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Technology for Public Good

By Kamal Das

We live in the age of technology. In general, developed countries are at the forefront of technological advancements. Many of the latest developments in AI, metaverse, biotech or blockchain emanate from developed countries. However, in many instances of technology for the public good, India has stolen the march and taken the lead.

Let us take the example of the challenges with COVID-19. As the vaccine rollout began, US citizens were given handwritten vaccine record cards. Fake vaccine cards were available online on eBay and Amazon!  On the other hand, India got together a team of technocrats and technologists who built CoWIN (Covid Vaccine Intelligence Network). While many in developed countries struggled to showcase their vaccination passport in the initial months, Indians could breeze through with digital vaccination certificates by scanning a QR code in apps such as DigiLocker or Aaroya Setu! No wonder, over 50 countries have shown an interest in the CoWIN app. From being a laggard in technology, India is showcasing its powers in the digital arena, especially in the area of citizen service delivery!

Over the past years, with large-scale automation and digitization by the government at both central and state levels, policymakers have access to large amounts of data that can be used to make new policies and evaluate existing policies. There is an increasing focus among policymakers to leverage emerging technologies such as Artificial Intelligence, Machine Learning, Blockchain, IOT to improve the delivery of public services, strengthen governance, and make better-informed data-driven decisions.  Some states are using data analytics to shift through mounds of data to identify places where new hospitals or schools or other infrastructure should be set up.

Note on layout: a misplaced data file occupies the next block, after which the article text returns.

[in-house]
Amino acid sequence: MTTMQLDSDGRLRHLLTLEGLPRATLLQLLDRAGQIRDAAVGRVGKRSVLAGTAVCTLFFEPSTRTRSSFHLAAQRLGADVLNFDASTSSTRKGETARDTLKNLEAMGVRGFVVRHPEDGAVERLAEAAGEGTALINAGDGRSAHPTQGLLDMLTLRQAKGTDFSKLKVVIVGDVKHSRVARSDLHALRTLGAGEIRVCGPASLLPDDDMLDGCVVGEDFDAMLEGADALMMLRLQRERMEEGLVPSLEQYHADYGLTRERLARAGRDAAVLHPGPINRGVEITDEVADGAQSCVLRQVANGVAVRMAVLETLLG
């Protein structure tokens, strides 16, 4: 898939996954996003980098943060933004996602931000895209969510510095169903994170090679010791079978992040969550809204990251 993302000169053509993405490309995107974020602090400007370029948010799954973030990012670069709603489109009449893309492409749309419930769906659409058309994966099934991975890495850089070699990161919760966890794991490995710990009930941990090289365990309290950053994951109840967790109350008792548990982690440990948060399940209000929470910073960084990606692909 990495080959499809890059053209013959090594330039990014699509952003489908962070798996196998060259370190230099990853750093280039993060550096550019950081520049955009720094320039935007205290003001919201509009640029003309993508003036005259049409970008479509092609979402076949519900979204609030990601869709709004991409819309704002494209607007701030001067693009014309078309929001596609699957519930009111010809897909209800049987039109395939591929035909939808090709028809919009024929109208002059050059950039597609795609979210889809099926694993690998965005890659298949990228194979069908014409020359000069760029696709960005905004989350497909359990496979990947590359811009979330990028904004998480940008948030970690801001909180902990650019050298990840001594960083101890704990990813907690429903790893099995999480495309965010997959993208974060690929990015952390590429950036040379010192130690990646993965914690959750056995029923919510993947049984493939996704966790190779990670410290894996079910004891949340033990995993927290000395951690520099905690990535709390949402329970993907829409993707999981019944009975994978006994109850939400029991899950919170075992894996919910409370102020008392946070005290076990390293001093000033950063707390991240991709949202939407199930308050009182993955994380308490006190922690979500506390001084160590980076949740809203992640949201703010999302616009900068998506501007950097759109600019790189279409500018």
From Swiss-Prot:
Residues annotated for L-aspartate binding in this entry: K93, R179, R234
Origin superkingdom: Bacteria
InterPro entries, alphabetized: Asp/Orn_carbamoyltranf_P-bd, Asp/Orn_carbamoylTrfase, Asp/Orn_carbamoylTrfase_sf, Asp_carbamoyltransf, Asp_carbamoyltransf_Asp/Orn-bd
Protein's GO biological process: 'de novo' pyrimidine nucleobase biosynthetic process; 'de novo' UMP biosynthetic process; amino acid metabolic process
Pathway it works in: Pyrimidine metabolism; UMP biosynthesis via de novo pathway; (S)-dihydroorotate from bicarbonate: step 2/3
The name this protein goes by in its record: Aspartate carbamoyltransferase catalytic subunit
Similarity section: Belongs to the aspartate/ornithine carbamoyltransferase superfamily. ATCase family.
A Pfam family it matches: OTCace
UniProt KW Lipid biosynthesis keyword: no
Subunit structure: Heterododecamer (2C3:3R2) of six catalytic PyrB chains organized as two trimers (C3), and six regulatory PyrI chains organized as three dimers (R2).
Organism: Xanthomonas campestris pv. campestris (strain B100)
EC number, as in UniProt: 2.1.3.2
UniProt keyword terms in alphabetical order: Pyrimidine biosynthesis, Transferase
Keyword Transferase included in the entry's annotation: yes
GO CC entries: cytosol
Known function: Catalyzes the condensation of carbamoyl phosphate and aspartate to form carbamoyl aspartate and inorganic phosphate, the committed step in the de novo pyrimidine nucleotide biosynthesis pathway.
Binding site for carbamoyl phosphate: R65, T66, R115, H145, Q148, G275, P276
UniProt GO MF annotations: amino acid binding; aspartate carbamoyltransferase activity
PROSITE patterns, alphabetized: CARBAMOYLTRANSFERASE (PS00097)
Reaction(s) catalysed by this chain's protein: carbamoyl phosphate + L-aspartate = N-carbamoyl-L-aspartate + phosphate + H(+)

Challenges persist for policymakers. Constrained budgets, legacy technology, multiple data sources which sometimes do not talk to each other, inconsistent data quality are a few issues that they continue to grapple with. Despite these challenges, it is encouraging to see many government departments at the state and central levels take steps to embrace emerging technology for better citizen delivery.

The JAM Trinity of the Jan Dhan-Aadhaar-Mobile has helped the government save Rs 1.70 lakh crore of taxpayers’ money. Tax departments are using AI-based tools to identify probable defaulters. The agriculture department in many states is using AI-based tools to suggest the best time to sow the seeds and optimise water usage, as well as reduce crop losses through integrated pest management. Many PSUs are using NLP based Chatbot to help users access information from websites on a 24X7 basis and the government is planning a conversational engine that can be deployed on the UMANG platform, which hosts various apps that provide government services to citizens. Hospitals are using computer vision-based applications to interpret x-rays. State governments have started the process of using blockchain for property registration and land records.

We acknowledge emerging technologies are not a panacea for all ills and we need to be cognizant of the ethical concerns these.  A lot remains to be accomplished. However, the will and motivation to enhance social good through technology is encouraging. India is set to become the leader in using technology for the public good.

Source: IIM Ahmedabad Magazine – Writing On The Wall

IIM Ahmedabad’s magazine - “Writing On The Wall”

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